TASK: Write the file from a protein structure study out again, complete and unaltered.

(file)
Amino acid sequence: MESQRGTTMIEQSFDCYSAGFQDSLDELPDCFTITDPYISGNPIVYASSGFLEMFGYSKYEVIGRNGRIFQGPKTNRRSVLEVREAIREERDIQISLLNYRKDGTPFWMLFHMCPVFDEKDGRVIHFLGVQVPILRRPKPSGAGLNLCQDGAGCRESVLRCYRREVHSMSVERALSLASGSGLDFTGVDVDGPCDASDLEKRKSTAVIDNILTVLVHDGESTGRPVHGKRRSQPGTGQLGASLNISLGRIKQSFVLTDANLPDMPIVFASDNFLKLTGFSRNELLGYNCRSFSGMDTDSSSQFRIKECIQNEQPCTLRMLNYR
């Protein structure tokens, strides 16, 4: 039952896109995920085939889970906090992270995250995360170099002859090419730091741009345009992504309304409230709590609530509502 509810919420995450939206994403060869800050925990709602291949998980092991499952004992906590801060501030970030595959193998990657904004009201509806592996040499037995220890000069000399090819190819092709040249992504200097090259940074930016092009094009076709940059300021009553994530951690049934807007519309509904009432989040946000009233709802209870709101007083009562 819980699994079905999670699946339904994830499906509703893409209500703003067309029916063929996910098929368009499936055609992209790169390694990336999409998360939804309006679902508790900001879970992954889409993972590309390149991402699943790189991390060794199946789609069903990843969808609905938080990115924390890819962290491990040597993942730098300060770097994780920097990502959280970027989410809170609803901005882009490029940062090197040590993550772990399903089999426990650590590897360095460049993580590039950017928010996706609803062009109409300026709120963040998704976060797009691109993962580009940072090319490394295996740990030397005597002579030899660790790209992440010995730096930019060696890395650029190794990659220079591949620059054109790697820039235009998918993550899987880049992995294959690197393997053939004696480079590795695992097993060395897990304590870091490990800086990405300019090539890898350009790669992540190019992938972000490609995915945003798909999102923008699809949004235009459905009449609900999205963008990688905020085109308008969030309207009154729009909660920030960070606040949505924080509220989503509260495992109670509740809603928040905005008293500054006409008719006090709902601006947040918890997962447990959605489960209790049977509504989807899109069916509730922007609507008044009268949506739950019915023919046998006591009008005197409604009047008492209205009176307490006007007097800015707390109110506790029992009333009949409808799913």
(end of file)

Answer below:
Amino acid sequence: MESQRGTTMIEQSFDCYSAGFQDSLDELPDCFTITDPYISGNPIVYASSGFLEMFGYSKYEVIGRNGRIFQGPKTNRRSVLEVREAIREERDIQISLLNYRKDGTPFWMLFHMCPVFDEKDGRVIHFLGVQVPILRRPKPSGAGLNLCQDGAGCRESVLRCYRREVHSMSVERALSLASGSGLDFTGVDVDGPCDASDLEKRKSTAVIDNILTVLVHDGESTGRPVHGKRRSQPGTGQLGASLNISLGRIKQSFVLTDANLPDMPIVFASDNFLKLTGFSRNELLGYNCRSFSGMDTDSSSQFRIKECIQNEQPCTLRMLNYR
């Protein structure tokens, strides 16, 4: 039952896109995920085939889970906090992270995250995360170099002859090419730091741009345009992504309304409230709590609530509502 509810919420995450939206994403060869800050925990709602291949998980092991499952004992906590801060501030970030595959193998990657904004009201509806592996040499037995220890000069000399090819190819092709040249992504200097090259940074930016092009094009076709940059300021009553994530951690049934807007519309509904009432989040946000009233709802209870709101007083009562 819980699994079905999670699946339904994830499906509703893409209500703003067309029916063929996910098929368009499936055609992209790169390694990336999409998360939804309006679902508790900001879970992954889409993972590309390149991402699943790189991390060794199946789609069903990843969808609905938080990115924390890819962290491990040597993942730098300060770097994780920097990502959280970027989410809170609803901005882009490029940062090197040590993550772990399903089999426990650590590897360095460049993580590039950017928010996706609803062009109409300026709120963040998704976060797009691109993962580009940072090319490394295996740990030397005597002579030899660790790209992440010995730096930019060696890395650029190794990659220079591949620059054109790697820039235009998918993550899987880049992995294959690197393997053939004696480079590795695992097993060395897990304590870091490990800086990405300019090539890898350009790669992540190019992938972000490609995915945003798909999102923008699809949004235009459905009449609900999205963008990688905020085109308008969030309207009154729009909660920030960070606040949505924080509220989503509260495992109670509740809603928040905005008293500054006409008719006090709902601006947040918890997962447990959605489960209790049977509504989807899109069916509730922007609507008044009268949506739950019915023919046998006591009008005197409604009047008492209205009176307490006007007097800015707390109110506790029992009333009949409808799913």